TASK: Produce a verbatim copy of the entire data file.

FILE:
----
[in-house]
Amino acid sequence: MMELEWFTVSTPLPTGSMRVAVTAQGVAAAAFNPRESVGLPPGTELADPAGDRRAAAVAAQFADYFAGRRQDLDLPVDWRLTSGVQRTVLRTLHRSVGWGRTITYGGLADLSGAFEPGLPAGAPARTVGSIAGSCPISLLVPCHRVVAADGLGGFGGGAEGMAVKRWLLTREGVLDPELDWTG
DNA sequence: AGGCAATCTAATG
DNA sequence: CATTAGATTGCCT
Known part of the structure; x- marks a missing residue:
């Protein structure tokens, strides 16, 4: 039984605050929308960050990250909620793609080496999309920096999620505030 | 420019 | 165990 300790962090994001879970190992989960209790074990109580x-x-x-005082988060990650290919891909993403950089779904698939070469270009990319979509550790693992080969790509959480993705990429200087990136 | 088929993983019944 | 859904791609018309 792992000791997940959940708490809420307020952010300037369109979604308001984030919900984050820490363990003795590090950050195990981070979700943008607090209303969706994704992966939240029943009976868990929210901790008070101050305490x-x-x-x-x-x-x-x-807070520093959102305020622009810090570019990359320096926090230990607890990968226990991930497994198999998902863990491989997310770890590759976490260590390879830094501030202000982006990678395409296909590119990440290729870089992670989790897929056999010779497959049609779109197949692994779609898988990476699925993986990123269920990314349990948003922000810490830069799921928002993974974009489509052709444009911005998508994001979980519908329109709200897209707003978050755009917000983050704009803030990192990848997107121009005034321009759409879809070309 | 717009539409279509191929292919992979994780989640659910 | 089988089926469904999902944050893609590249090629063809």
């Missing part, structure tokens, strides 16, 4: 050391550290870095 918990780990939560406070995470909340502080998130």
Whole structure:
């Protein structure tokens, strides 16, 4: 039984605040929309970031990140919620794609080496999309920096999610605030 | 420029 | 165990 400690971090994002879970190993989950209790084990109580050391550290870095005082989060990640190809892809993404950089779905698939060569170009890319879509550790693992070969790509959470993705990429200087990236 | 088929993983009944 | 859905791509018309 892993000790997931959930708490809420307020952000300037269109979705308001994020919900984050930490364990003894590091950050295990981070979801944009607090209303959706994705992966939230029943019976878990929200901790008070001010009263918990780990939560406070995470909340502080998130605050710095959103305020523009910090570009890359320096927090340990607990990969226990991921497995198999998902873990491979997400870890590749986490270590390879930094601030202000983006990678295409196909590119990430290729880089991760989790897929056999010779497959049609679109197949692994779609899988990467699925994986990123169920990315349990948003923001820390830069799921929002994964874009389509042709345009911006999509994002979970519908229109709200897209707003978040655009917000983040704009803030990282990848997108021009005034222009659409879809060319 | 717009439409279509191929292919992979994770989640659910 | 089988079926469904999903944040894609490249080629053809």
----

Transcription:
[in-house]
Amino acid sequence: MMELEWFTVSTPLPTGSMRVAVTAQGVAAAAFNPRESVGLPPGTELADPAGDRRAAAVAAQFADYFAGRRQDLDLPVDWRLTSGVQRTVLRTLHRSVGWGRTITYGGLADLSGAFEPGLPAGAPARTVGSIAGSCPISLLVPCHRVVAADGLGGFGGGAEGMAVKRWLLTREGVLDPELDWTG
DNA sequence: AGGCAATCTAATG
DNA sequence: CATTAGATTGCCT
Known part of the structure; x- marks a missing residue:
């Protein structure tokens, strides 16, 4: 039984605050929308960050990250909620793609080496999309920096999620505030 | 420019 | 165990 300790962090994001879970190992989960209790074990109580x-x-x-005082988060990650290919891909993403950089779904698939070469270009990319979509550790693992080969790509959480993705990429200087990136 | 088929993983019944 | 859904791609018309 792992000791997940959940708490809420307020952010300037369109979604308001984030919900984050820490363990003795590090950050195990981070979700943008607090209303969706994704992966939240029943009976868990929210901790008070101050305490x-x-x-x-x-x-x-x-807070520093959102305020622009810090570019990359320096926090230990607890990968226990991930497994198999998902863990491989997310770890590759976490260590390879830094501030202000982006990678395409296909590119990440290729870089992670989790897929056999010779497959049609779109197949692994779609898988990476699925993986990123269920990314349990948003922000810490830069799921928002993974974009489509052709444009911005998508994001979980519908329109709200897209707003978050755009917000983050704009803030990192990848997107121009005034321009759409879809070309 | 717009539409279509191929292919992979994780989640659910 | 089988089926469904999902944050893609590249090629063809």
């Missing part, structure tokens, strides 16, 4: 050391550290870095 918990780990939560406070995470909340502080998130």
Whole structure:
């Protein structure tokens, strides 16, 4: 039984605040929309970031990140919620794609080496999309920096999610605030 | 420029 | 165990 400690971090994002879970190993989950209790084990109580050391550290870095005082989060990640190809892809993404950089779905698939060569170009890319879509550790693992070969790509959470993705990429200087990236 | 088929993983009944 | 859905791509018309 892993000790997931959930708490809420307020952000300037269109979705308001994020919900984050930490364990003894590091950050295990981070979801944009607090209303959706994705992966939230029943019976878990929200901790008070001010009263918990780990939560406070995470909340502080998130605050710095959103305020523009910090570009890359320096927090340990607990990969226990991921497995198999998902873990491979997400870890590749986490270590390879930094601030202000983006990678295409196909590119990430290729880089991760989790897929056999010779497959049609679109197949692994779609899988990467699925994986990123169920990315349990948003923001820390830069799921929002994964874009389509042709345009911006999509994002979970519908229109709200897209707003978040655009917000983040704009803030990282990848997108021009005034222009659409879809060319 | 717009439409279509191929292919992979994770989640659910 | 089988079926469904999903944040894609490249080629053809």